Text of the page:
I haven’t seen much of Amy Schumer’s comedic material, but her turn in Trainwreck was memorable enough for me to read this enjoyable autobiographical collection of essays and recollections, told with frankness, humour and quite a bit of raunch and cussing. There’s always a measure of scepticism when one reads a memoir by a celebrity – particularly a performer – in how much of it is a carefully edited performance and how much is genuine. As far as my impressions went, Schumer at least doesn’t come off as a person who pretends to be someone they’re not.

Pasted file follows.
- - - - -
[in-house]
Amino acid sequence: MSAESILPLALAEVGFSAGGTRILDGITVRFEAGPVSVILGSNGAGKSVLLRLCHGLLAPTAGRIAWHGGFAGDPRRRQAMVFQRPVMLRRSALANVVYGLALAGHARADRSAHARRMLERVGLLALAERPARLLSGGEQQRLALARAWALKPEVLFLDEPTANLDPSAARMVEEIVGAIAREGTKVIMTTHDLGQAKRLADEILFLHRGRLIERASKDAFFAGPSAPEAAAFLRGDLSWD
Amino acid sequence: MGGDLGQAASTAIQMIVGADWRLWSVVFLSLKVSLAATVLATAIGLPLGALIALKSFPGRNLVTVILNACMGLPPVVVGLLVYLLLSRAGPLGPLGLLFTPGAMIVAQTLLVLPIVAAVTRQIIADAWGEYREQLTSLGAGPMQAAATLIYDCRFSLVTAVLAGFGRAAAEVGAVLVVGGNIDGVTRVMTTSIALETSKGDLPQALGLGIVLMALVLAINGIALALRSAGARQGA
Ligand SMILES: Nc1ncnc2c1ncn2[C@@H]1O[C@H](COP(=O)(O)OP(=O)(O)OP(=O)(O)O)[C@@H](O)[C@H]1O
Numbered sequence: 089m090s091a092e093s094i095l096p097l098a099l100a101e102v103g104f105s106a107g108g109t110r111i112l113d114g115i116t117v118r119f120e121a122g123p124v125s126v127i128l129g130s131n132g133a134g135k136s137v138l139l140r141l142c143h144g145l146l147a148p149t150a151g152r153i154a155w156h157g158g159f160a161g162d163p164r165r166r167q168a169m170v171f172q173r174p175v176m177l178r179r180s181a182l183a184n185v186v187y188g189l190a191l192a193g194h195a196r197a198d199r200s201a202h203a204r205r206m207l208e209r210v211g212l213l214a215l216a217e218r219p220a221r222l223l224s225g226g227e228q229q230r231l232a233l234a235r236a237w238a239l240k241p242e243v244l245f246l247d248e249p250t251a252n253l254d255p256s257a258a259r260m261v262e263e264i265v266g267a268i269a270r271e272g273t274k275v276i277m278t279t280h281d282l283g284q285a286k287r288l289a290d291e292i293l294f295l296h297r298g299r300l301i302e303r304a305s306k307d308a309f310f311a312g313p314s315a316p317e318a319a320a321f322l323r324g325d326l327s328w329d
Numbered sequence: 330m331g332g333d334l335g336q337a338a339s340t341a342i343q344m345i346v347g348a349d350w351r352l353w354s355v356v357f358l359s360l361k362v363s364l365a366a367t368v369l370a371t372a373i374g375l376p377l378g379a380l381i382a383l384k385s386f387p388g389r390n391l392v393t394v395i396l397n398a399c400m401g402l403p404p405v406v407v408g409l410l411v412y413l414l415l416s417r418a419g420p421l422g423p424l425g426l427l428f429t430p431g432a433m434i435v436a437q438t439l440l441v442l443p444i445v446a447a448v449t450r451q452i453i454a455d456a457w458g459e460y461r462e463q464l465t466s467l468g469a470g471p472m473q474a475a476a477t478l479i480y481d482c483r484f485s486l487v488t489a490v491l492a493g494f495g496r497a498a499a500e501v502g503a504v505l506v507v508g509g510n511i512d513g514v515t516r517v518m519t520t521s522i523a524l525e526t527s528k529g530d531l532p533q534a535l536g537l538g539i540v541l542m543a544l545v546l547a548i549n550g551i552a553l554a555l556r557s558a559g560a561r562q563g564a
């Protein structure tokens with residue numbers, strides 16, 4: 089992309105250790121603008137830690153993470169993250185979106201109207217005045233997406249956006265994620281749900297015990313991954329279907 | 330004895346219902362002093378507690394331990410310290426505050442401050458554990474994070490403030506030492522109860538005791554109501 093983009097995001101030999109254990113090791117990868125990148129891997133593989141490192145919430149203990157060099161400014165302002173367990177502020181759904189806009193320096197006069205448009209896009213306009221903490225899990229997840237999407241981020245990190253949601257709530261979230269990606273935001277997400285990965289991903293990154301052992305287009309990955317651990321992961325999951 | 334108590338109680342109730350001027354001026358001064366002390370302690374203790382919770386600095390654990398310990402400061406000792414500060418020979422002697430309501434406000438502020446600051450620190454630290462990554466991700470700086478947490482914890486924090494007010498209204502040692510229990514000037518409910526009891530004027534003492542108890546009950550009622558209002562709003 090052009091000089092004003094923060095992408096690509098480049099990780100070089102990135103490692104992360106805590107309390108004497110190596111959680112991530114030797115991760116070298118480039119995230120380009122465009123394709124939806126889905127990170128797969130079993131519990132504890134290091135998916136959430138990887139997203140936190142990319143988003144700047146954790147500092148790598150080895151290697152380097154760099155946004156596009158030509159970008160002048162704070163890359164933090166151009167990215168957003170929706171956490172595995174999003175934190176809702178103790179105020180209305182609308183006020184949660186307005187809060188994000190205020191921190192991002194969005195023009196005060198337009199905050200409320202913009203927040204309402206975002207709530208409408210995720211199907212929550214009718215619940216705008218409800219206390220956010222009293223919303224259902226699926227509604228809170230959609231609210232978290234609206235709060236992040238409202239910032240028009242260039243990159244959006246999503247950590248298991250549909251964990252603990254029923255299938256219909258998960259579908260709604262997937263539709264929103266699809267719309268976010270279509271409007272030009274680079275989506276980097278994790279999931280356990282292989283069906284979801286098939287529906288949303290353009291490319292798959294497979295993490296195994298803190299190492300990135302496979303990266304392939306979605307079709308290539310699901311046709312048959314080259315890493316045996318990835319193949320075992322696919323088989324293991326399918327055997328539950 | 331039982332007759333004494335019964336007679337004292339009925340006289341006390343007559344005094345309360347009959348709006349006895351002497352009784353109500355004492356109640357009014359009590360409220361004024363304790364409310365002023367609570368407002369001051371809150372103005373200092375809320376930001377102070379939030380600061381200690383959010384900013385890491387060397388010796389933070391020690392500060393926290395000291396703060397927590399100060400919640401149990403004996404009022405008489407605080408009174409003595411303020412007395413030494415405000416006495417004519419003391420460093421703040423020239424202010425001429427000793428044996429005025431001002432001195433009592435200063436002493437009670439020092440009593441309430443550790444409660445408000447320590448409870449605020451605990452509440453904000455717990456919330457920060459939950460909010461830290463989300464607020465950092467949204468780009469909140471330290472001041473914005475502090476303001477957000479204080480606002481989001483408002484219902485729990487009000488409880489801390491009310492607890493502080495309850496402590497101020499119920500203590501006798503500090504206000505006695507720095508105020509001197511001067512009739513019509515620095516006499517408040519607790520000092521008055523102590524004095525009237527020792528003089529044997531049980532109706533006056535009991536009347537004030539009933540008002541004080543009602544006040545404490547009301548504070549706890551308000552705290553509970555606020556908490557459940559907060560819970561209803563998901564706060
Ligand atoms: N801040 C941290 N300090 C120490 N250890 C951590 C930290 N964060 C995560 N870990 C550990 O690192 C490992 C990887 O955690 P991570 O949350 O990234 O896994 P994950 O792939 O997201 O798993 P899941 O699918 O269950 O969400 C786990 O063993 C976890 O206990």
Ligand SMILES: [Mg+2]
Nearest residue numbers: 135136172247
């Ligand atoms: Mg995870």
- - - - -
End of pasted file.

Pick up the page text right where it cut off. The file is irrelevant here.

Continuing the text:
Saw Trainwreck yesterday. It’s been forever since I watched a comedy at the cinema – I think my last one was the first Hangover movie – or a chick flick for that matter which wasn’t a costume drama. This one got good reviews and I’ve been hearing all sorts of raves about Amy Schumer in the last few months on the US-based entertainment sites, so I looked forward to it quite a bit. I walked out with some mixed feelings: while now I’m also happy to jump on the Amy Schumer bandwagon, the movie itself wasn’t as good as its leading lady. I’d go as far as to say it was pretty damn ordinary.